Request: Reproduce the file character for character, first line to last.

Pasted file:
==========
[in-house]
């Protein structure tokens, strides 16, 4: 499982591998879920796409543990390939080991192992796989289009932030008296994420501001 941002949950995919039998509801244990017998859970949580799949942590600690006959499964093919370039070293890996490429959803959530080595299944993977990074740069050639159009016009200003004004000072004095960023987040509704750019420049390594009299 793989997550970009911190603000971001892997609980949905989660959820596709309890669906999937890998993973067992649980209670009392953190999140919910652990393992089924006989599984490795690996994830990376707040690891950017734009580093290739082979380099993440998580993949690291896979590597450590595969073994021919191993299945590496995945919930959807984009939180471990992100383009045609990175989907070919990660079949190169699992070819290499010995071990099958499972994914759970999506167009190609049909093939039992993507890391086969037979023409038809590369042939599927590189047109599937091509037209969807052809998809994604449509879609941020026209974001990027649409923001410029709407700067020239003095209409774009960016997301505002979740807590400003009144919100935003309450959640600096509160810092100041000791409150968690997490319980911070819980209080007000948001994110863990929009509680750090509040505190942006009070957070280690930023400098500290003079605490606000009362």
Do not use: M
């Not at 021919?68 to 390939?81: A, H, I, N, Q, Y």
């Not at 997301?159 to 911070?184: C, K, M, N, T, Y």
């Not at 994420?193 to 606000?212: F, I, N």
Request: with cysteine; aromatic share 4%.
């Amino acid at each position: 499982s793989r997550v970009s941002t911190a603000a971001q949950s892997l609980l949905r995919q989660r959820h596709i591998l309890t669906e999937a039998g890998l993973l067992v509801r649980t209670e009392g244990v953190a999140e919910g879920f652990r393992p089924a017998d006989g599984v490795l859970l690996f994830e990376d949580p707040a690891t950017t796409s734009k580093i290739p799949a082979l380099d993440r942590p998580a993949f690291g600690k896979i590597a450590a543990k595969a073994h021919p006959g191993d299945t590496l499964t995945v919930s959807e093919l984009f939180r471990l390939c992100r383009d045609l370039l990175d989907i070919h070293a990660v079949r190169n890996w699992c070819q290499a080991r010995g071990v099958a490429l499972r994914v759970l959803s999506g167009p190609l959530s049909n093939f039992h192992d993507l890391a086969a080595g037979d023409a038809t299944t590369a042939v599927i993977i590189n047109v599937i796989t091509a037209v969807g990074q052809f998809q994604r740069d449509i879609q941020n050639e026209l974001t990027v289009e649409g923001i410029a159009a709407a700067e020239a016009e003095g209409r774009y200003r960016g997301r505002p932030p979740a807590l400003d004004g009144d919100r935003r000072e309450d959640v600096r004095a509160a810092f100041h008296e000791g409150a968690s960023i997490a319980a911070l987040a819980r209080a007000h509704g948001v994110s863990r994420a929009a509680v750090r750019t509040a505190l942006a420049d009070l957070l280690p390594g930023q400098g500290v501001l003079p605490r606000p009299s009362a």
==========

[in-house]
């Protein structure tokens, strides 16, 4: 499982591998879920796409543990390939080991192992796989289009932030008296994420501001 941002949950995919039998509801244990017998859970949580799949942590600690006959499964093919370039070293890996490429959803959530080595299944993977990074740069050639159009016009200003004004000072004095960023987040509704750019420049390594009299 793989997550970009911190603000971001892997609980949905989660959820596709309890669906999937890998993973067992649980209670009392953190999140919910652990393992089924006989599984490795690996994830990376707040690891950017734009580093290739082979380099993440998580993949690291896979590597450590595969073994021919191993299945590496995945919930959807984009939180471990992100383009045609990175989907070919990660079949190169699992070819290499010995071990099958499972994914759970999506167009190609049909093939039992993507890391086969037979023409038809590369042939599927590189047109599937091509037209969807052809998809994604449509879609941020026209974001990027649409923001410029709407700067020239003095209409774009960016997301505002979740807590400003009144919100935003309450959640600096509160810092100041000791409150968690997490319980911070819980209080007000948001994110863990929009509680750090509040505190942006009070957070280690930023400098500290003079605490606000009362």
Do not use: M
């Not at 021919?68 to 390939?81: A, H, I, N, Q, Y």
């Not at 997301?159 to 911070?184: C, K, M, N, T, Y």
């Not at 994420?193 to 606000?212: F, I, N």
Request: with cysteine; aromatic share 4%.
């Amino acid at each position: 499982s793989r997550v970009s941002t911190a603000a971001q949950s892997l609980l949905r995919q989660r959820h596709i591998l309890t669906e999937a039998g890998l993973l067992v509801r649980t209670e009392g244990v953190a999140e919910g879920f652990r393992p089924a017998d006989g599984v490795l859970l690996f994830e990376d949580p707040a690891t950017t796409s734009k580093i290739p799949a082979l380099d993440r942590p998580a993949f690291g600690k896979i590597a450590a543990k595969a073994h021919p006959g191993d299945t590496l499964t995945v919930s959807e093919l984009f939180r471990l390939c992100r383009d045609l370039l990175d989907i070919h070293a990660v079949r190169n890996w699992c070819q290499a080991r010995g071990v099958a490429l499972r994914v759970l959803s999506g167009p190609l959530s049909n093939f039992h192992d993507l890391a086969a080595g037979d023409a038809t299944t590369a042939v599927i993977i590189n047109v599937i796989t091509a037209v969807g990074q052809f998809q994604r740069d449509i879609q941020n050639e026209l974001t990027v289009e649409g923001i410029a159009a709407a700067e020239a016009e003095g209409r774009y200003r960016g997301r505002p932030p979740a807590l400003d004004g009144d919100r935003r000072e309450d959640v600096r004095a509160a810092f100041h008296e000791g409150a968690s960023i997490a319980a911070l987040a819980r209080a007000h509704g948001v994110s863990r994420a929009a509680v750090r750019t509040a505190l942006a420049d009070l957070l280690p390594g930023q400098g500290v501001l003079p605490r606000p009299s009362a």